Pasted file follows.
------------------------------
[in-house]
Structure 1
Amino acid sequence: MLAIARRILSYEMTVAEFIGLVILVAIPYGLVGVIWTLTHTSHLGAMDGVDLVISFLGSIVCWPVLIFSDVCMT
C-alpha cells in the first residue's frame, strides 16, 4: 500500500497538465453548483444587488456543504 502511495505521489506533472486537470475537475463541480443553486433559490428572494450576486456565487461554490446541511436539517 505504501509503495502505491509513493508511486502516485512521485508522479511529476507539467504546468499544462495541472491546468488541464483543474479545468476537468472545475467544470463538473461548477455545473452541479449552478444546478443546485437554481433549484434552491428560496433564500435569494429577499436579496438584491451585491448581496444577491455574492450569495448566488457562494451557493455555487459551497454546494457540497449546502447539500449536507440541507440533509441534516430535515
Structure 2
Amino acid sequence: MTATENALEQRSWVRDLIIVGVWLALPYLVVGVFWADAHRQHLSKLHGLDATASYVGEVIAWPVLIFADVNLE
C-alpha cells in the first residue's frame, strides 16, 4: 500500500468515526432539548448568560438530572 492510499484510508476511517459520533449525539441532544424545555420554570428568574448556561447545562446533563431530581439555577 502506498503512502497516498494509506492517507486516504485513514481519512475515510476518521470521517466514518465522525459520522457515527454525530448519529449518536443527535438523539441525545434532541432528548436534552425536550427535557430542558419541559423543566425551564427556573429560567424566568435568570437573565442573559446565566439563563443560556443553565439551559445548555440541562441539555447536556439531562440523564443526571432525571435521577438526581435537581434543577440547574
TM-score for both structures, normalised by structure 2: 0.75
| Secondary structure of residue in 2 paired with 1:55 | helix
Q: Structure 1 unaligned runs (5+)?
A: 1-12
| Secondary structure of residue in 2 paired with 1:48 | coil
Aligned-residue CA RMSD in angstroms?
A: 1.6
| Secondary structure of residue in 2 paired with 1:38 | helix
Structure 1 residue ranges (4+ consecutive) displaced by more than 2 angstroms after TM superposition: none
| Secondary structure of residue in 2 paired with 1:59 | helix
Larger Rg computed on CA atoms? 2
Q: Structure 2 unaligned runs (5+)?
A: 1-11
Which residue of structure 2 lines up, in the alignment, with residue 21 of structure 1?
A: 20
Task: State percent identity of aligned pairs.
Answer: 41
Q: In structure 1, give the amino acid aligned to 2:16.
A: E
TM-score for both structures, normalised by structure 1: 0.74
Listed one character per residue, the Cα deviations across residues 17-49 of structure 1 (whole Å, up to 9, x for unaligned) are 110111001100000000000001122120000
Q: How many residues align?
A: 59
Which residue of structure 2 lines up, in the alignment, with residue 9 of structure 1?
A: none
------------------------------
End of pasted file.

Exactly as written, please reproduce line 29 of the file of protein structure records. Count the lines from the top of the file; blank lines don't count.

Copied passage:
Q: How many residues align?